By Chris Parker
By Jesse Marx
By John Baichtal
By Olivia LaVecchia
By Jesse Marx
By Olivia LaVecchia
By Tatiana Craine
By Judy Keen
Lake Street has vexed city fathers and urban planners from the beginning. By the mid-1940s, it was a major urban thoroughfare, but the genesis of Lake Street goes back to the early 1860s, when it was simply a dividing line between the farms just shy of downtown Minneapolis and the further expanses of farmland that stretched south uninterrupted for miles. By no real design, covered wagons began using this route to cross town, and at some peril: Many got stuck in the lowlands and swamp--and, according to one newspaper account, "much horse dung"--at either the Mississippi or Lake Calhoun ends of the trail.
In 1919, Major Edward Falk, who owned a harness shop on Lake, reminisced about the early years of the "finest boulevard in town" to the Minneapolis Tribune. "[H]e used to sit in front of his shop and watch the throngs of bicycle riders, men, women and boys, going in both directions," the paper recounted. "Pedestrians had to wait for 15 to 20 minutes waiting for a chance to cross." Falk went on to recall that "in 1885, Lake Street had no business houses at all. There were only a few scattered houses. At that time the intersection of Nicollet Avenue and Lake Street was the only corner that showed any promise."
Beginning around 1890, a "steam motor line" was built from 12th Street to Nicollet Avenue, then to 31st Street and out to Lake Calhoun. "Part of this trip was through prairie grain fields," according to a newspaper account. Around the same time, a streetcar line was built on Fourth Avenue from downtown to Lake Street. It was the first in the city to be "electrified." A "Selby-Lake interurban line" was added in 1905, according to the Tribune. Aside from connecting Minneapolis and St. Paul across the river, it created a great commercial interest in Lake Street. It was paved by 1910, with streetcar tracks running down the middle of the boulevard.
Lake Street's growing pains have periodically distressed the city ever since. In June 1927, for example, the Minneapolis Tribune reported an effort to repave Lake Street. There was, predictably, a fight on the Minneapolis City Council over money for the project. But in August 1927, according to the Minneapolis Star, the repaving of Lake Street from Hennepin to 29th Avenue was approved at a cost of $237,850.50. A year later, the mammoth Sears tower was built. For several years it remained the largest retail complex west of the Mississippi River. Over the next three decades, Lake Street flourished for blocks near the intersection of Chicago Avenue and Lake, thanks almost solely to the Sears complex and the streetcar lines--from both Minneapolis and St. Paul downtowns, all the way to Excelsior on Lake Minnetonka--that led to it. Commercial development boomed.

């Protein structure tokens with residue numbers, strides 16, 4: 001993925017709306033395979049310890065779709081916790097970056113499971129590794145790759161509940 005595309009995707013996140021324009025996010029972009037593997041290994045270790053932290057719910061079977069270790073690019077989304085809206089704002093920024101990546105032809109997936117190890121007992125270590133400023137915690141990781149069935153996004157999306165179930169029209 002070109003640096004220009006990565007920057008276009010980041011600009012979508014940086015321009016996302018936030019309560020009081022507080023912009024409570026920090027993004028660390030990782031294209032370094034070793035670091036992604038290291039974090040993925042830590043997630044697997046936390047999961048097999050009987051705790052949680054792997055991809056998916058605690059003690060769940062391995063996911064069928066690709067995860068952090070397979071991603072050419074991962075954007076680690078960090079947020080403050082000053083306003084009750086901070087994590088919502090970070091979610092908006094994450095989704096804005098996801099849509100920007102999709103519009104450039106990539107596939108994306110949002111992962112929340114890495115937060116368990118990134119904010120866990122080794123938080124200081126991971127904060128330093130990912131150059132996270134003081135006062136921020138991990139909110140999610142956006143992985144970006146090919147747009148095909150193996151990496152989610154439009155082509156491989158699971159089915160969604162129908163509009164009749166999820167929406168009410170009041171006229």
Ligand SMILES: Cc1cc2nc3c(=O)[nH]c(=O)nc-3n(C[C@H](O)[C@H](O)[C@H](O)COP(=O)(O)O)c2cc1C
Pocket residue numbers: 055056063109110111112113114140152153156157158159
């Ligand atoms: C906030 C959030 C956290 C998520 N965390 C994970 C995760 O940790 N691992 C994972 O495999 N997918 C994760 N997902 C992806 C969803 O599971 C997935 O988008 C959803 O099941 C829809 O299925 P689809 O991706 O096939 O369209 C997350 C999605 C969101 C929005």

This changed almost overnight in 1954, when the legendary Minneapolis-St. Paul streetcar line was torn up. The General Motors Company gave money to municipalities across the nation for major road reconstruction and offered discounts to cities for buses the company had built. The end of the streetcar was the beginning of the era of the automobile. (The head of the local company that ran the streetcars had once worked for the bus division started by General Motors.) And with it came urban decay. Lake Street was a notable victim.
A September 1954 story from the Minneapolis Tribune heralded a project called "Lake of Light." According to the clipping, 335 light fixtures were to be installed between Hennepin and 29th Avenues, over a six-month period. The project was to cost $237,000, and was part of a million-dollar effort to revitalize and widen Lake Street. "Transition of Lake Street from a 'boulevard of shadows' into the longest stretch of fluorescent lighting in the world will begin next week," the clip says. "The street will be bathed in an almost glareless bluish gray light which will make details of traffic, pedestrians and buildings sharp and clear. There will be nothing else like it."
Before-and-after photos published in the Minneapolis Star in May 1955 show cobblestones, rail tracks, and streetlamps replaced by glistening pavement and towering fluorescent lights. The "after" picture, notably, features no traffic and no pedestrians. It was the last time anyone tinkered with Lake Street, until now.
By the late 1960s, Lake Street had slipped into a haze of empty storefronts, struggling auto dealerships, and petty crime. In 1968, students at the University of Minnesota undertook a study of Lake Street and came to the conclusion it was "ugly." "Lake Street looks like Reno, Nevada," one student told a group of businessmen, citing bumper-to-bumper traffic, empty sidewalks and boarded-up windows. "You have to have a drawing card if you want people to come here, and aesthetic harmony is a good one." According to the Minneapolis Star, the business gathering gave the students applause and $500 for their efforts.
So began a protracted battle to get a grip on Lake Street. In 1969, something called the Greater Lake Street Council was formed to "halt the deterioration some businessmen felt was afflicting Lake Street." By 1972, newspapers reported that Lake Street's "'dollar volume per square foot" was $30, compared to $56 in downtown Minneapolis and $100 at Southdale Mall in Edina--the country's first enclosed shopping mall, built in 1962.